Recently Morris W. Dorosh had a piece published in the Financial post: Tom Mulcair’s incoherent farm policy.
In it he questions Mulcair's logic and math, when discussing agriculture and supply management.
Incoherence is the expected thing from Mulcair. His arithmetic seems a bit off. Supply management nationally provided 16.9 per cent of farm-gate cash revenue in 2014 and 17.0 per cent the prior year, so Mulcair must have been referring only to Quebec. In that case gross revenue from milk, egg and poultry sales in Quebec was 2.55 per cent of Canadian farm cash income. Employment allegedly created by the system can be almost any number depending on how creatively it is defined.
Conflicting views and just making stuff up when he can't answer a question, is actually a trademark of Mulcair's, and was long before he hijacked the NDP.
Environmentalist and water expert, Mario Desrosiers, said in 2005, after yet another deceit of Mulcair's when he tried to deny that he had fired the Environmental watchdog:
How can we give credibility to the words of a minister when his statements are different from one newspaper to another or from a television program to another or simply false.(1)
Mulcair dismissed that and the hundreds of other concerns, by claiming that they "stem from emotional reactions"
Since the media is content to go along with his view of his record as environment minister in Quebec, I'm running a series of articles, that reveal what actually occurred. There was no principle, no commitment and certainly no logic.
Instead, what we see is a systematic attempt to privatize and deregulate, and just like Stephen Harper, much was done under the cloak of secrecy. He, along with other members of the Quebec Liberal government, were actually sued, and part of the Plaintiffs' case dealt with the difficulty to access information. (2)
The defence presented, was that they might expose things that shouldn't be exposed. Not unlike the Harper government calling everything a "cabinet secret". In one incident, Mulcair held off a group seeking an audience for a full year.
Mulcair's Pig in a Poke
When in the Quebec government, Thomas Mulcair would often mention the fact that he helped to draft the terms of NAFTA. In his promotion of bulk water sales, he suggested that "the environmental laws protecting water are considered barriers to trade." (3)
Also a barrier to trade was a moratorium on hog farming, imposed by the Parti Quebecois, to keep the mega barn, multinational corporations, from over farming and contaminating the water supply.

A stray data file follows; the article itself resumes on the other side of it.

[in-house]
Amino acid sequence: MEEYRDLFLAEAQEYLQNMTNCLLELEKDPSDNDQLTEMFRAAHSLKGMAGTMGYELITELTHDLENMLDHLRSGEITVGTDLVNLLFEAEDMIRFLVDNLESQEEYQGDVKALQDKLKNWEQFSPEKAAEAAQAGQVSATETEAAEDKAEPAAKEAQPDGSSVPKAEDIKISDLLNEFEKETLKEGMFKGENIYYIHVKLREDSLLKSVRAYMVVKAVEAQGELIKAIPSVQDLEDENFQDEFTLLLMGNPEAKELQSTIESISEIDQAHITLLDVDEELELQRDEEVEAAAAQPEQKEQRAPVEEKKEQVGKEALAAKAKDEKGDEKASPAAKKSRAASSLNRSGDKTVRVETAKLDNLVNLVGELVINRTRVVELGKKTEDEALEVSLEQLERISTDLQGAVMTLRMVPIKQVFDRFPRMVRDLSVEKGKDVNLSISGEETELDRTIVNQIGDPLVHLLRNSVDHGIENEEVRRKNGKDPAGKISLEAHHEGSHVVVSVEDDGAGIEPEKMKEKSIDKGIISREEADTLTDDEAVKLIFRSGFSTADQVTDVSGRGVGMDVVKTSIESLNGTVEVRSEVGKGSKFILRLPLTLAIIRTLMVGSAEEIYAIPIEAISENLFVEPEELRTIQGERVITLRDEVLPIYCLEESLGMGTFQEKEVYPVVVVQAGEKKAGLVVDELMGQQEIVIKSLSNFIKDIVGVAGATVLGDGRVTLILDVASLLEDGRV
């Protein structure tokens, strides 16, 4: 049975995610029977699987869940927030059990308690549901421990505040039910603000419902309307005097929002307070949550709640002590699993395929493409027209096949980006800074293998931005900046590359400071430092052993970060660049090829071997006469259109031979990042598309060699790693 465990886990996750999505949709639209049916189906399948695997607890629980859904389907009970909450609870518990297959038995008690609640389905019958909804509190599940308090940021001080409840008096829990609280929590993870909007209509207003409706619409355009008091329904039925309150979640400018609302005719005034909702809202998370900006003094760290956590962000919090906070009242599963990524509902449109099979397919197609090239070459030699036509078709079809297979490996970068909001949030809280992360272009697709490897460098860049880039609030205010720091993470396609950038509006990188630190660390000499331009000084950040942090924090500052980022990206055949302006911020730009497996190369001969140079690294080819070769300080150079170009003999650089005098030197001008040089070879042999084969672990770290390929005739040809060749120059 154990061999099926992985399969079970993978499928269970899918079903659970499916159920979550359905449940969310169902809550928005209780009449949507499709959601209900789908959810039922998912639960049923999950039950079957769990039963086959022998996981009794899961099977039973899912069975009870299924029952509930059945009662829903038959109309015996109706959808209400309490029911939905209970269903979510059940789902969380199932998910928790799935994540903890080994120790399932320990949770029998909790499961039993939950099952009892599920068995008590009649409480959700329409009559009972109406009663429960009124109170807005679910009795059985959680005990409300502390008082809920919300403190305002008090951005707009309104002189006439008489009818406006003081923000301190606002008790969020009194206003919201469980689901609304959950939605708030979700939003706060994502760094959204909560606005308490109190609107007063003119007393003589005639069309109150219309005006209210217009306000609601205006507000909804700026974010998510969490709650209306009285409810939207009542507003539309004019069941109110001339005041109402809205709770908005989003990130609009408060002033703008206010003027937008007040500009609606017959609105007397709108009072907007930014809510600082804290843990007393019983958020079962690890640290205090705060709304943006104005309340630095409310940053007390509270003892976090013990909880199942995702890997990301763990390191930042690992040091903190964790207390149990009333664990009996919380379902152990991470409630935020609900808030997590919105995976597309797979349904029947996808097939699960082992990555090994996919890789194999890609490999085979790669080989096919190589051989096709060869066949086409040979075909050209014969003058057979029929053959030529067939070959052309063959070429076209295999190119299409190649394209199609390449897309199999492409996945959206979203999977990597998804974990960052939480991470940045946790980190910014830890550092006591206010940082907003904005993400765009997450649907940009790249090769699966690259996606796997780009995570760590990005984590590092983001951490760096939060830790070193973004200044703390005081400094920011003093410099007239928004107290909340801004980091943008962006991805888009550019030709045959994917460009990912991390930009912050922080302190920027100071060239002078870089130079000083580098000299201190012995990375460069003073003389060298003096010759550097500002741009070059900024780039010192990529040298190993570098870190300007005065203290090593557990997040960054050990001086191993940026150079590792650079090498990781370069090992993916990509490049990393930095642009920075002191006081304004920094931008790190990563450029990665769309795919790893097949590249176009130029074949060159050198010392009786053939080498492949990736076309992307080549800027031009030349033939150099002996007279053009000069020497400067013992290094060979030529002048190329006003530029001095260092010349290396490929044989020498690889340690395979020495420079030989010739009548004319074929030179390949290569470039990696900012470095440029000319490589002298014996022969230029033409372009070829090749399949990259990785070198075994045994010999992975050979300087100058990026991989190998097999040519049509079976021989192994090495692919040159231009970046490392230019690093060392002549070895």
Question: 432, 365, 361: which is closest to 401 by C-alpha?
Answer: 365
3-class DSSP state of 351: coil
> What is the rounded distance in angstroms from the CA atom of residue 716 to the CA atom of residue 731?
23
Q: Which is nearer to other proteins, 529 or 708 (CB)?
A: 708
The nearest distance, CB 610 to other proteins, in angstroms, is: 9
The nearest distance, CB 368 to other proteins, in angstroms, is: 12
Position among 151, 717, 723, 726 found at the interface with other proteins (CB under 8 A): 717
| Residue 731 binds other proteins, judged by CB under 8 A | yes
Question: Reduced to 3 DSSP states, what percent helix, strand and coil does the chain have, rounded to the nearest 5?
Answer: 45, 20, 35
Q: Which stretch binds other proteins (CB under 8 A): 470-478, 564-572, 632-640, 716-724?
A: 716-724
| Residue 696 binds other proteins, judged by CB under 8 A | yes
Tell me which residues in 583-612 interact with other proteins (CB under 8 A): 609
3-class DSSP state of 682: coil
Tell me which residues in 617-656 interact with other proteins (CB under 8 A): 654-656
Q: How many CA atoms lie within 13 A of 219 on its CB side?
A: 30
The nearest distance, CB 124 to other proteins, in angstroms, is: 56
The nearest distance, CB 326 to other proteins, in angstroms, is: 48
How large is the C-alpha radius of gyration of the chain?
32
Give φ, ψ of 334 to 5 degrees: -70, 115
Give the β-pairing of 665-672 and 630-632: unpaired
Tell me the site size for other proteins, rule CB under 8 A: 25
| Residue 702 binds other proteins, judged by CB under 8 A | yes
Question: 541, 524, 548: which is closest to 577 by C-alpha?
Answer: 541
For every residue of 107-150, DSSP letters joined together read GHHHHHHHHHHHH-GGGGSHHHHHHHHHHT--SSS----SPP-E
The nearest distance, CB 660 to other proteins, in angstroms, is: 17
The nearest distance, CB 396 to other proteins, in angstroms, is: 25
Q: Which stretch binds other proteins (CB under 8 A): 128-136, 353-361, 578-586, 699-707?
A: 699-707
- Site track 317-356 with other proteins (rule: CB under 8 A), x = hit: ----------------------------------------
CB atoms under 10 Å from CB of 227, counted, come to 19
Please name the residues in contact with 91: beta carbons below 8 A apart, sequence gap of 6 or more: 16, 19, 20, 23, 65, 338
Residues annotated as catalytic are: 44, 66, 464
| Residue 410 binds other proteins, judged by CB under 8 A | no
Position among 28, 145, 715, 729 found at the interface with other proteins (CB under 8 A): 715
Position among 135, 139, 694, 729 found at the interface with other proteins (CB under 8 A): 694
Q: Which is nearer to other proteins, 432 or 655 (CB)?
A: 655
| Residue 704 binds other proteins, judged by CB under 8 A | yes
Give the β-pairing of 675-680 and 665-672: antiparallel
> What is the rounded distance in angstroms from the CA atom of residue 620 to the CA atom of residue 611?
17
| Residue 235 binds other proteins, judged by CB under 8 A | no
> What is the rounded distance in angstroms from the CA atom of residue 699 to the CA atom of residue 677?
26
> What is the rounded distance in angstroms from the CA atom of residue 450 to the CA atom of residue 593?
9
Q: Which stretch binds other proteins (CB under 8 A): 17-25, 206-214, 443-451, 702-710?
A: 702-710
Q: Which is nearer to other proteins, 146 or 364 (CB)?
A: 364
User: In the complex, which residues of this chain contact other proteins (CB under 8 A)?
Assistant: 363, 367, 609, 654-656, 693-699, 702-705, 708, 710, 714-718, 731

When the pubic first became aware of Mulcair's intent to lift the moratorium, there was a great deal of opposition. In 2003, he promised that a full environmental assessment would be done. It was, concluding that the ban should not be repealed. Mulcair lifted it anyway, favouring corporate interests over public safety.
"By authorizing new hog barns, the government is giving municipal officials and citizens a fait accompli. It is preparing for the worst crises than previous ones, since people feel cheated. The BAPE gave them hope and yet nothing changes, "says Gilles Tardif of the Citizen Coalition.
"The Environment Minister Thomas Mulcair, seems to have turned into the minister of pig development," adds Tim Yeatman ... citizens have just elected candidates who campaigned against hog farms projects.
The groups are outraged that the government ignored the recommendations of the BAPE in regard to the protection of the environment and risks to the health of people drinking from artesian wells. "Despite clear evidence to the effect that the spreading of pig manure, slurry is not adequately controlled to prevent the pollution of watercourses, the Liberal government seems to be unconscious," says Martine Ouellet Vice President of the Coalition Eau Secours. (4)
The major issue in Quebec is the ever-expanding hog industry, and its impact upon the environment and rural communities. In the fall of 2003 The Quebec government released its report on a public consultation process which recommended fundamental changes to hog production in order to make it sustainable in Quebec. A moratorium on hog production expansion followed, installed until new regulations and policies could be implemented, but was lifted prematurely in December 2004. Since then, grassroots community groups have been calling on the province to heed the Canadian Medical Association’s resolution to ban the expansion of the hog industry until the inherent risks of industrial hog farming are understood and the appropriate solutions.
So while Thomas Mulcair is travelling the country, attacking Stephen Harper for not protecting our waterways, he himself clearly has no concern. He will do just what Harper does. Deregulate his way to more corporate profits.
In fact, one man actually had to go on a public hunger strike, lasting 18 days, just to get Mulcair to address a water pollution concern in his community.(5)
To honour NAFTA, he dishonoured the people he was supposed to protect, by not ensuring that they would enjoy a safe environment and clean drinking water.
The NDP are calling for change, but with Mulcair as prime minister, I'm afraid it would just be more of the same.
1. Mulcair is Irresponsible and Insults People, By Mario Desrosiers , Chairman of the Citizens Committee Presquîle - Lanaudière (CCPL), October 11, 2005
2. CANADA, PROVINCE OF QUEBEC, DISTRICT MONTREAL, Citizens Committee of the peninsula-Lanaudière c. Quebec (Attorney General), 2006 QCCS 4861, SUPERIOR COURT; No: 500-17-023251-047, August 24, 2006
3. Mulcair is Pleased to Have a New Debate, The Press, Charles Cote and Mario Clouthier, June 16, 2004
4. End of moratorium on hog production, The Liberal government threatens the social climate in rural Quebec, Creek, December 12, 2005
5. Philipsburg cottager ends 18-day hunger strike Encouraged by minister's response to algae problem - by Debbie Parkes, The Gazette, August 14, 2003